Characterising is the process of reading and interpreting the zoönomy of a zoöp. It involves interpreting the relative importance and interplay between ecological, political, economic and other relations for the wellbeing of the collective body of the zoöp. It can be compared to diagnosis in some medicine practises: it may identify illness and possible cures, but is also very much engaged with enhancing quality of life ("health") when no obvious sickness is identified.
Characterising takes into account different patterns of dynamism that are part of the zoöp: faster and slower events, seasonal rhythms, other recurring phenomena and longer-term developments in the internal and external relationships of the zoöp. Characterising looks at the relations between the relationships. How do social relationships influence legal relations? How do legal relations strengthen ecological relationships? In the case of the Venice Laguna, a highly dynamic balance is portrayed, involving historical and current insights into the careful and critical role that humans play in the maintenance of this balance.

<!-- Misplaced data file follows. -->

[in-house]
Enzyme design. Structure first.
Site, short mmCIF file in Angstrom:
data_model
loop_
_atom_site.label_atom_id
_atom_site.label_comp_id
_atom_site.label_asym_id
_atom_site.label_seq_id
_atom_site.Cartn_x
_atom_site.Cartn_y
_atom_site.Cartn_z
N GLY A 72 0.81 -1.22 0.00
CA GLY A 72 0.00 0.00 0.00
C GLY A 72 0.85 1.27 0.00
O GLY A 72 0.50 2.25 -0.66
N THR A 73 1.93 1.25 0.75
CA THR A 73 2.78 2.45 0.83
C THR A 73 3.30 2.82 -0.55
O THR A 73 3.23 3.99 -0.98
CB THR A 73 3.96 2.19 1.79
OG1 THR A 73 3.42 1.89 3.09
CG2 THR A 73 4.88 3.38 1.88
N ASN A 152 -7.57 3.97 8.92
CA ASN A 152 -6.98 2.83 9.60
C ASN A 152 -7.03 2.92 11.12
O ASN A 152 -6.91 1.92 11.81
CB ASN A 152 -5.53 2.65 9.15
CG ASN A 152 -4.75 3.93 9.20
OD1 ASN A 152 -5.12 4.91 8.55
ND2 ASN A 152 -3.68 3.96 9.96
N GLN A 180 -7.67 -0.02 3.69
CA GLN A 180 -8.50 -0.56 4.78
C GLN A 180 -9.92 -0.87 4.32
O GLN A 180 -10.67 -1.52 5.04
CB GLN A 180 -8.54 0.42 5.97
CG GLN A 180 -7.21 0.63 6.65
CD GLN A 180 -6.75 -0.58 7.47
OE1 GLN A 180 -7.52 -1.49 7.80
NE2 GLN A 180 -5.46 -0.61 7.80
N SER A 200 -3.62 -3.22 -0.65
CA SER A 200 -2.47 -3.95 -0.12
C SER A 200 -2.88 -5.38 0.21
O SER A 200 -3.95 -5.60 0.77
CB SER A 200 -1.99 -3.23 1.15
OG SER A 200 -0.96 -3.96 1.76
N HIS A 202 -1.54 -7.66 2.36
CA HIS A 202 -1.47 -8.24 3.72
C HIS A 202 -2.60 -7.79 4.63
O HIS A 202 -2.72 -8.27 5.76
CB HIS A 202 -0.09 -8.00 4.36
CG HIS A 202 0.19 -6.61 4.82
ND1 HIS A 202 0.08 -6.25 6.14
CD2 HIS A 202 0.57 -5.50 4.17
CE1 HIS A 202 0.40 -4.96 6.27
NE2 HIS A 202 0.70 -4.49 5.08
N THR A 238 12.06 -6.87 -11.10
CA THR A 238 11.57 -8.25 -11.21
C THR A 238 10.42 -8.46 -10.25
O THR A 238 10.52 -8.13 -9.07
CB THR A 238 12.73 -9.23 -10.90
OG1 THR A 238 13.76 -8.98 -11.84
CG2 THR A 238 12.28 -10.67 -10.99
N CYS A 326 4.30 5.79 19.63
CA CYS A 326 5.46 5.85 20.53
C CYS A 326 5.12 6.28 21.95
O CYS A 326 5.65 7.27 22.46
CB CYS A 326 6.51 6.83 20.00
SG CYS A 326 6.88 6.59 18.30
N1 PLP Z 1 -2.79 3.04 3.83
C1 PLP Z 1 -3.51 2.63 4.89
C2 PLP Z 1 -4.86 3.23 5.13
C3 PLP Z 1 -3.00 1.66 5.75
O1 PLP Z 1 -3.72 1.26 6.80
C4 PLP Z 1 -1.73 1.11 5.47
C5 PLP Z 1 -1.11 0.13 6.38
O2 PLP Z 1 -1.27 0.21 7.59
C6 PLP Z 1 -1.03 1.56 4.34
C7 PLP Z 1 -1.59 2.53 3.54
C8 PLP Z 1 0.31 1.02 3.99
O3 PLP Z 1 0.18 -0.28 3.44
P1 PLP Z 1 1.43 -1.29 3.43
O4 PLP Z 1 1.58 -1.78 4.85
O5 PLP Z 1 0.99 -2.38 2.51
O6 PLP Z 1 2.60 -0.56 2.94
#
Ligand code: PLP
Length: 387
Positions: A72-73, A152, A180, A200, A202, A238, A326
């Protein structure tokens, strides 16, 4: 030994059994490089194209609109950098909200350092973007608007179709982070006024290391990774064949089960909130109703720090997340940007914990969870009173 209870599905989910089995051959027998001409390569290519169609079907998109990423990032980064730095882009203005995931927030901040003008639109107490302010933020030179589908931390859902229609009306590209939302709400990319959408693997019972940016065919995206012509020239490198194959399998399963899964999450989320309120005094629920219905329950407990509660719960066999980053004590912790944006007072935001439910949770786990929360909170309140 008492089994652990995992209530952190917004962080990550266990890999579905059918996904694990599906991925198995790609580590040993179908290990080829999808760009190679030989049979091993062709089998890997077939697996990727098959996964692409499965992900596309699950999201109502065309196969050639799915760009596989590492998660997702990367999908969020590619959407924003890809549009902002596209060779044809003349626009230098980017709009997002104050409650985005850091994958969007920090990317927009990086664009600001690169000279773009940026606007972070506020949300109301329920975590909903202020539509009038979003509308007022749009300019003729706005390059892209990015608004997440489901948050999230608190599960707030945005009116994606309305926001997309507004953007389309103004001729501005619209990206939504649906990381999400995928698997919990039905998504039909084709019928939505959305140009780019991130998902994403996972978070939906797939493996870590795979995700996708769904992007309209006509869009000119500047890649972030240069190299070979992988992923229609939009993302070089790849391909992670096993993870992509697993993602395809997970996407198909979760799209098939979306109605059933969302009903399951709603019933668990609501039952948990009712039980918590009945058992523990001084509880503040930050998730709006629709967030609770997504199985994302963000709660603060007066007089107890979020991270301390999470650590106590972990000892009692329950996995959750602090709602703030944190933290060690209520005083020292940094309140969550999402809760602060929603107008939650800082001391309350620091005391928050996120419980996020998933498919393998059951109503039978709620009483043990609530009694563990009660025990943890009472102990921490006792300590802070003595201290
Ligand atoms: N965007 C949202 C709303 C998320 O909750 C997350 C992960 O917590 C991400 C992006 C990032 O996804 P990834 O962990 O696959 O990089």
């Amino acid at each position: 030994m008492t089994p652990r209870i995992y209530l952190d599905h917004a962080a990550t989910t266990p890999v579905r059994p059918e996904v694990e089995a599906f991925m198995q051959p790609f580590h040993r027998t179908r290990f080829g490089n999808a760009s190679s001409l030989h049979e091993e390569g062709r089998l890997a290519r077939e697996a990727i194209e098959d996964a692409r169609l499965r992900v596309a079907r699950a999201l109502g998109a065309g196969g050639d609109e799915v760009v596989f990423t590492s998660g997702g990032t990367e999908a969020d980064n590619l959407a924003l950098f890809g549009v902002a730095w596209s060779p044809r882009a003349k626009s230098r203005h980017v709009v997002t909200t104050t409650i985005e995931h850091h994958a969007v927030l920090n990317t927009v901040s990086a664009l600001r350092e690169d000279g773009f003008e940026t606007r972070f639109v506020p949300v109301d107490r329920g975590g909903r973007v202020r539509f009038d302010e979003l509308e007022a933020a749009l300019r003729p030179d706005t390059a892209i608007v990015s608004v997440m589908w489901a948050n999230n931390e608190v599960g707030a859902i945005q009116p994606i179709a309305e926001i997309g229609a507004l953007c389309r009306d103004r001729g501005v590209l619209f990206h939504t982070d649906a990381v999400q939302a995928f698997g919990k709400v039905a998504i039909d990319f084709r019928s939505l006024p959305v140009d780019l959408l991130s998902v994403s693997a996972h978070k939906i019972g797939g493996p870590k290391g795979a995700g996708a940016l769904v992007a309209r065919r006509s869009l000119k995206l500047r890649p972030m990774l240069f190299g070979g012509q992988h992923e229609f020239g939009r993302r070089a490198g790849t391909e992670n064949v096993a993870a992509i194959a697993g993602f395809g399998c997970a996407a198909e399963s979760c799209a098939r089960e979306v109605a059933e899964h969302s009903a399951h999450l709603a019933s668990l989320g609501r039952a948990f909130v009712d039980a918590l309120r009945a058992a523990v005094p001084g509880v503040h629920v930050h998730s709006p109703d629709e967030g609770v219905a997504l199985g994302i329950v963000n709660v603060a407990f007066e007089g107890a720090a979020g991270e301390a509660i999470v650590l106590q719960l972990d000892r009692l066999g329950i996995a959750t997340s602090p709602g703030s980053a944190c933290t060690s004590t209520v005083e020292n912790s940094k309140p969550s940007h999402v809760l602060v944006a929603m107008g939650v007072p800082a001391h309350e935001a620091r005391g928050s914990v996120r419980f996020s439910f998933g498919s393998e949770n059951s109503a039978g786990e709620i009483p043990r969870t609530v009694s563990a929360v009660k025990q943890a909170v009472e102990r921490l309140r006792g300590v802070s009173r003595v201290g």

Characterising involves anticipating and speculating about possible and probable scenarios. As such, it is very much the work of the humans involved, with the Zoönomic Foundation acting as the speculative and political organs of the non-human sections of the multispecies communities.
Characterising forms the basis for expressing the zoönomic ambitions of a zoöp. It should develop insights into the inner and outer working of the zoöp, and it should produce a knowledge basis for choosing the ways of Intervening that best enhance the zoönomic quality of the zoöp.
In the process of Characterising, different knowledge practices need to open up to one another and find shared ways of understanding zoönomic quality.